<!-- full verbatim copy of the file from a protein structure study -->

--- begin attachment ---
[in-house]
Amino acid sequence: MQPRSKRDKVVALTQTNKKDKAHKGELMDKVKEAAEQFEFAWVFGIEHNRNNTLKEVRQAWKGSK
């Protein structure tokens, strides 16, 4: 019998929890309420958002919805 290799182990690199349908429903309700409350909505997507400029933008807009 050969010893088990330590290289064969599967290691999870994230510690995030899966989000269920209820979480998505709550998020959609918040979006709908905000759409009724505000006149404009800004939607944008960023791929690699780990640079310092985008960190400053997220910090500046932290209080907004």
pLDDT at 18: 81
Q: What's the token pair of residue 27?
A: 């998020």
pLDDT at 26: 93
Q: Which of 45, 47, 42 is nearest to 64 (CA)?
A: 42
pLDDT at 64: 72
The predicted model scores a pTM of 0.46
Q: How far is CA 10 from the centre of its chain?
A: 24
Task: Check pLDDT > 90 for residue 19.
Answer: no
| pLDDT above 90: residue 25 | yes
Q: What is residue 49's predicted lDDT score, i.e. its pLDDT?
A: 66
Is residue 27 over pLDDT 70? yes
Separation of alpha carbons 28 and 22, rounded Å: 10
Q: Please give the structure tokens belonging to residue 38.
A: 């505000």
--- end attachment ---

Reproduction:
[in-house]
Amino acid sequence: MQPRSKRDKVVALTQTNKKDKAHKGELMDKVKEAAEQFEFAWVFGIEHNRNNTLKEVRQAWKGSK
């Protein structure tokens, strides 16, 4: 019998929890309420958002919805 290799182990690199349908429903309700409350909505997507400029933008807009 050969010893088990330590290289064969599967290691999870994230510690995030899966989000269920209820979480998505709550998020959609918040979006709908905000759409009724505000006149404009800004939607944008960023791929690699780990640079310092985008960190400053997220910090500046932290209080907004």
pLDDT at 18: 81
Q: What's the token pair of residue 27?
A: 């998020």
pLDDT at 26: 93
Q: Which of 45, 47, 42 is nearest to 64 (CA)?
A: 42
pLDDT at 64: 72
The predicted model scores a pTM of 0.46
Q: How far is CA 10 from the centre of its chain?
A: 24
Task: Check pLDDT > 90 for residue 19.
Answer: no
| pLDDT above 90: residue 25 | yes
Q: What is residue 49's predicted lDDT score, i.e. its pLDDT?
A: 66
Is residue 27 over pLDDT 70? yes
Separation of alpha carbons 28 and 22, rounded Å: 10
Q: Please give the structure tokens belonging to residue 38.
A: 């505000």